The Village Files
In pursuit of their aims to take over the land of Palestine, the Zionist leadership founded the Jewish National Fund (JNF) in 1901 whose sole aim was to provide funds for the pupose of purchasing Palestinian land to settle Jewish immigrants. Its first donation came from Johann (also known as Yona) Kremenezky, who was later appointed as its head at the age of 51. Herzl, the founder of Zionism, made Kremenezky his personal advisor. He possessed grand dreams of planting a million trees throughout Palestine (as referenced in Herzl's diaries).
But it was due to one colourful character in the Zionist movement that land purchases in Palestine reached their climax. Yehoshua Hankin (1864-1945) arrived in Ottoman Palestine from Russia in 1882 at the age of 18 and based himself in Yafa. He possessed a keen sense of real-estate shrewdness, and was known to have 'acquired a fluency and familiarity with Palestinian Arabs and their business practices'. He has been credited with helping the JNF acquire over 1 million dunams (100,000 hectares) of Palestinian land prior to 1948.
The activities of the JNF were closely associated with those in the Zionist Settlement Department whose main aim was to facilitate the eviction of Palestinian tenants from Palestinian land bought by the JNF from absentee Palestinian and other Arab landlords. The tenants came with the land, but, in Zionist eyes, they did not have the right to stay on it.
The brain behind the JNF was a Ukraine-born Zionist called Yosef Weitz (1890-1972) who, like Yehoshua Hankin, was 18 when he entered Palestine in 1908. Under his tutelage, the 'Village Files' were compiled. These files comprised aerial photographs of Palestinian villages, topographical maps and detailed records of their inhabitants. They contained information on the quality of the land in the village, the water sources, the names of the village inhabitants, their political and religious affiliations, their ages and their marital status, etc. The files took years to collate and were nearly complete by the late 1930's. (Refer to Ilan Pappe's The Ethnic Cleansing of Palestine).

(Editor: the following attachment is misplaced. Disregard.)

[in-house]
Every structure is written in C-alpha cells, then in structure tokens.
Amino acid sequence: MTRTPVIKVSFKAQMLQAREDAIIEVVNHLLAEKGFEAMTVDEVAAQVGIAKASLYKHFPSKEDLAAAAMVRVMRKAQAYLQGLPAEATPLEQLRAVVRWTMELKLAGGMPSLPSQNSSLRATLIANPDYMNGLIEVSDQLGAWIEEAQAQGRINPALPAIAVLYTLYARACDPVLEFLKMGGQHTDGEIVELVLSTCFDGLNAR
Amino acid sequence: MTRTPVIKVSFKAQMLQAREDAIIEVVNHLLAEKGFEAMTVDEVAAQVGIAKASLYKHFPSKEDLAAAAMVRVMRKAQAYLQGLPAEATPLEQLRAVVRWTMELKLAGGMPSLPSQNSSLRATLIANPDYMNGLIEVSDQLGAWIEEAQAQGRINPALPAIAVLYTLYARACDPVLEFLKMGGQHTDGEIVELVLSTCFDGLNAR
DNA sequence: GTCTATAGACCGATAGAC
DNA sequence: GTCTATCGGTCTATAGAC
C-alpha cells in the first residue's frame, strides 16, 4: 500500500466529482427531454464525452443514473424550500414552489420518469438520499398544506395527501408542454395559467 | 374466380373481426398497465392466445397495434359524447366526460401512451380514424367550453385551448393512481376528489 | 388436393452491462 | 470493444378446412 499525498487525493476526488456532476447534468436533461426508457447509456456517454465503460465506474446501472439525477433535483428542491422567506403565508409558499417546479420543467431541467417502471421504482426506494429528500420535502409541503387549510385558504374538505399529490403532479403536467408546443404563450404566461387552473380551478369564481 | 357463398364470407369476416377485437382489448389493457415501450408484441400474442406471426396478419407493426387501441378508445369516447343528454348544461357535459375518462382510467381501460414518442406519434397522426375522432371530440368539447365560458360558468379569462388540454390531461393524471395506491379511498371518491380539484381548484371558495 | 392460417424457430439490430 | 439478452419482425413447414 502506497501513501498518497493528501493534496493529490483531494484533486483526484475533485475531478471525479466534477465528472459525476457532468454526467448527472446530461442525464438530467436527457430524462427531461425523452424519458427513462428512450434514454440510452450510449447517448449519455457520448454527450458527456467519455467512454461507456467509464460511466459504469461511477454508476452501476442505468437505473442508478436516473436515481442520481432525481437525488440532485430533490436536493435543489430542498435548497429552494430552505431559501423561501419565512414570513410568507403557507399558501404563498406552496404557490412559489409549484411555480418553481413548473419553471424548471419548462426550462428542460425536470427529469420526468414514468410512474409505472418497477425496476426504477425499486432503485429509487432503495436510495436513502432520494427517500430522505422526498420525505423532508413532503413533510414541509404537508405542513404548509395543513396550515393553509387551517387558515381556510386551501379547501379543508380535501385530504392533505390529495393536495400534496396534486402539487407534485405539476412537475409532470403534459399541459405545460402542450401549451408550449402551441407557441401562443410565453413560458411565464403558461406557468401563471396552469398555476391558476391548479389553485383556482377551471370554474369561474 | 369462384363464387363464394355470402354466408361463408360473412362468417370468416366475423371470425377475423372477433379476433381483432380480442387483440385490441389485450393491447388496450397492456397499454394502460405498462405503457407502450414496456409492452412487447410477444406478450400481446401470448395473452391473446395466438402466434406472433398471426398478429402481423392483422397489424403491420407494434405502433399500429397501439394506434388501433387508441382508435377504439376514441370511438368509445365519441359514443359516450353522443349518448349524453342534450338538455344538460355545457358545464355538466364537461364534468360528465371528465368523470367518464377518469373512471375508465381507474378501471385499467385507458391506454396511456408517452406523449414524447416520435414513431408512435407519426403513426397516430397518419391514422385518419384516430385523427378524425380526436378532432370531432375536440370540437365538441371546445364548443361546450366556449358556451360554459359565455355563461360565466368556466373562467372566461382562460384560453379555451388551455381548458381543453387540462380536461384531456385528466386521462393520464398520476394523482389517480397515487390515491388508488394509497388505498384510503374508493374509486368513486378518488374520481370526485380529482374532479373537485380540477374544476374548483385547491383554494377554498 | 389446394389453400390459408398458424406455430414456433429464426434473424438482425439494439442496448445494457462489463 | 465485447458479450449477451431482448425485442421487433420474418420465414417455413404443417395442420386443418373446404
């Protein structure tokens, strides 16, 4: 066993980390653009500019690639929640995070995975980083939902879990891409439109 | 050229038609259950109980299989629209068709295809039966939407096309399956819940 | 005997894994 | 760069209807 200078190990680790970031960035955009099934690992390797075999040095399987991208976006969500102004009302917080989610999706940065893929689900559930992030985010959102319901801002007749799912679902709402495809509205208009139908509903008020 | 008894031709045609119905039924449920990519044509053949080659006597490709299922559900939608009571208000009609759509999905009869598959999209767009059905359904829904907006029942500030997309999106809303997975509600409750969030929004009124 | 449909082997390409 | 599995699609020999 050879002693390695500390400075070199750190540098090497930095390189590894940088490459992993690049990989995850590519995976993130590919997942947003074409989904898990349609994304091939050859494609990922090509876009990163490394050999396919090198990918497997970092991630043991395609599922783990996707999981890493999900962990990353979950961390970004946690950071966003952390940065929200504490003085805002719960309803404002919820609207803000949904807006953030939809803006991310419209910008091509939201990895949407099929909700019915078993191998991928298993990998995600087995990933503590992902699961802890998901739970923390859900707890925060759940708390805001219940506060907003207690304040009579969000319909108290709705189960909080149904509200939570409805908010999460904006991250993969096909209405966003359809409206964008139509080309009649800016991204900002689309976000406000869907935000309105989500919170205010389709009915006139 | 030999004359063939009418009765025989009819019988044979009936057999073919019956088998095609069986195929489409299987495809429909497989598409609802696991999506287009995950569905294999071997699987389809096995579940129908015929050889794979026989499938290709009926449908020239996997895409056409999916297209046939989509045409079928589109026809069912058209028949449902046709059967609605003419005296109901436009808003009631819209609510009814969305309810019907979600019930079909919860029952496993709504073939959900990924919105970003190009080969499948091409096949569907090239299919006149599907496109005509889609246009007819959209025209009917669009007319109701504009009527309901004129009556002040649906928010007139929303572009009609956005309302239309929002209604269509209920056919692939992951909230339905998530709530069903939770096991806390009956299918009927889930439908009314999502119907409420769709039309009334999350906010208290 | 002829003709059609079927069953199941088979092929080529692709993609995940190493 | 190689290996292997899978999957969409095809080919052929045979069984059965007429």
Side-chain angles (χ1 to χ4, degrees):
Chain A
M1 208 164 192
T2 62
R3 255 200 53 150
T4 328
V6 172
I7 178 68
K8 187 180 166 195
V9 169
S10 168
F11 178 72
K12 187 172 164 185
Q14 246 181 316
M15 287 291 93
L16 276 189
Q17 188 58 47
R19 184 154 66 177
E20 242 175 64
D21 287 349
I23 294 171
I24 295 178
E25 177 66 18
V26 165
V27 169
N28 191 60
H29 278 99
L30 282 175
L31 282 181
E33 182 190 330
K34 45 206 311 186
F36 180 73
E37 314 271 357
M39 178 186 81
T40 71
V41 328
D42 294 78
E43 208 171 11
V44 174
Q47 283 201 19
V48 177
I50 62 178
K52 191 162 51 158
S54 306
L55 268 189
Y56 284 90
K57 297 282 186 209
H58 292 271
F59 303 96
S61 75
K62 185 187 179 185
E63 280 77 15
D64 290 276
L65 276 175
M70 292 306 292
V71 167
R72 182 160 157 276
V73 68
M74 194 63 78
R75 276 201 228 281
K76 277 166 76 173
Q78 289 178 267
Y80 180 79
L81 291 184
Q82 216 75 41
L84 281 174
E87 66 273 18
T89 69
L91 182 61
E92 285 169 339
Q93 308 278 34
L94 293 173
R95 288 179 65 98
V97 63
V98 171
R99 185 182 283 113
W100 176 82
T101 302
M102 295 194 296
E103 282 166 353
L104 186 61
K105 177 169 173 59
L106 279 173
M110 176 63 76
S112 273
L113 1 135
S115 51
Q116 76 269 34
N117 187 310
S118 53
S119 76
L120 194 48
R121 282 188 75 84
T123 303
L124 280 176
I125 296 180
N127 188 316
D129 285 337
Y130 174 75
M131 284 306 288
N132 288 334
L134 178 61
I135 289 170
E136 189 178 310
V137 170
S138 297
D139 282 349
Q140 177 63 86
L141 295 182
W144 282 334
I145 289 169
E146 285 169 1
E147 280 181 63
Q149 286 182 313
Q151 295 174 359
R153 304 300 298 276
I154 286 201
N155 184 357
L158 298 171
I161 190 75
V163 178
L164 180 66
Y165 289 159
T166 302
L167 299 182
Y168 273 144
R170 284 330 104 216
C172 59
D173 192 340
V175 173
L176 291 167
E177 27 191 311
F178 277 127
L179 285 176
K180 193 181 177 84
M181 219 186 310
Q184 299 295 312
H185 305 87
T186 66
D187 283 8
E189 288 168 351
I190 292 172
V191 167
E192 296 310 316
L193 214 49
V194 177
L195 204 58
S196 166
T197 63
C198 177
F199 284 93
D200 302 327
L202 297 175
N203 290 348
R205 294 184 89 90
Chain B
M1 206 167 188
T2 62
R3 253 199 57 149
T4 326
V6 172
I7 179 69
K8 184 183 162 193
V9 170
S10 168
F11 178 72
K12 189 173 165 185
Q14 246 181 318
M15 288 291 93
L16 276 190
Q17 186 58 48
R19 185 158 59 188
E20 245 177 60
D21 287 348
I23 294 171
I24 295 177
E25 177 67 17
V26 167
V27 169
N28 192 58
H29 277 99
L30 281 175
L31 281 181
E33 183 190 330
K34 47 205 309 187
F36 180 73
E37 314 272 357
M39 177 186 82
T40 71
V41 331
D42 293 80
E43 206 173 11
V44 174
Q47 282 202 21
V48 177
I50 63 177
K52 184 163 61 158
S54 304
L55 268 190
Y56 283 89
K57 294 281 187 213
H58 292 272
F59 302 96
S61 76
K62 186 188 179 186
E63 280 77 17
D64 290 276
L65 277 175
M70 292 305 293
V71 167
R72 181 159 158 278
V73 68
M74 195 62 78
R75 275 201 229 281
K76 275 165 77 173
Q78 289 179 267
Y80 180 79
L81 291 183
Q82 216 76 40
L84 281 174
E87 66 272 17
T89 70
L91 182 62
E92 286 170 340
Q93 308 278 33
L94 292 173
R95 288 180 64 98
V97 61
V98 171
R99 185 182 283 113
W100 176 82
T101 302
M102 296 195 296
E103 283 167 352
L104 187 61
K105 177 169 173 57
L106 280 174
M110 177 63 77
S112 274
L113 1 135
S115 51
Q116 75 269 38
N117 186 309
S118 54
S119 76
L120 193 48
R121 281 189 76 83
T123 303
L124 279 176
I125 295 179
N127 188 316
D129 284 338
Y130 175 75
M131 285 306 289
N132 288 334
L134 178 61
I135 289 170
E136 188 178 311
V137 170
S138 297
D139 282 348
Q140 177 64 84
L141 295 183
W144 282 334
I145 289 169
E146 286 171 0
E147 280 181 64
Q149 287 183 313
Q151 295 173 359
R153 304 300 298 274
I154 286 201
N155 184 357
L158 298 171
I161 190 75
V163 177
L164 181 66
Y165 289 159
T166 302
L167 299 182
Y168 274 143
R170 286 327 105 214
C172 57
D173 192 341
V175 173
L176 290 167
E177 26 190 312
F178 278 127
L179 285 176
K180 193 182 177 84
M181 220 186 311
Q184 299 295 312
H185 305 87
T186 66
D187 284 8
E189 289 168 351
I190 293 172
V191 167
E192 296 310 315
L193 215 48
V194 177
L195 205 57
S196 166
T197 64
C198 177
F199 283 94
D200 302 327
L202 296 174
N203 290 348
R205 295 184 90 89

The leaders of the Zionist movement were nothing if not meticulous record keepers, and their records of the Village Files were and still are kept in official government archives to this day.
Names associated with the Village Files project included the following people who were the core of The Consultancy Council: Ezra Danin (1903-1985), a Syrian-born Zionist who played a key role in the ethnic cleansing of Palestine; Moshe Pasternak (1920-1976) from Poland; Yaacov Shimoni; Yehoshua Palmon; Tuvia Lishanski; Eliyahu Sassoon; Yohanan Ratner; Fritz Eisenshtater; Yaacov Tahon and an Anglo-Jewish professor of chemistry, Sasha Goldberg who conducted experiments in biological weapons in what became later The Weizmann Institute. Later, this project was developed further under the directorship of a physical chemist called Ephraim Katzir (born Ephraim Katchalsky 1916-2009) who became the 4th president of Israel (in office from 24 May 1973 to 19 April 1978). Special units in the service of the Village Files project were trained and recruited in the Zionist youth village of Shefeya in Upper Galilee. It is from here that they went out on reconnaissance missions of Palestinian villages gathering detailed information from village elders whose traditional hospitality they abused.
The Village Files included 'Most Wanted' lists which included names of young Palestinians who, after a village had been occupied by Zionist forces, would be lined up, identified, taken away and shot on the spot. Many names belonged to Palestinian National Movement fighters who were fingered out by masked collaborators. As the villages were invaded and later occupied, the pattern of ethnically cleansing them became efficient, direct and swift.
Yigael Yadin (1917-1984) who later became Israel's second Chief of Staff, admitted once that it was the detailed information gathered on these villages (i.e., the Village Files) which enabled the Zionist undeground forces in November 1947 to sweep through the Palestinian landscape with such speed and efficiency and with little resistance from the 'Arab side'. In fact, it was not 'Arab resistance' that they feared. It was the British forces. Had it not been for the British presence, Yadin declared, the Palestinian resistance to the Partition Plan would have been quelled in one month.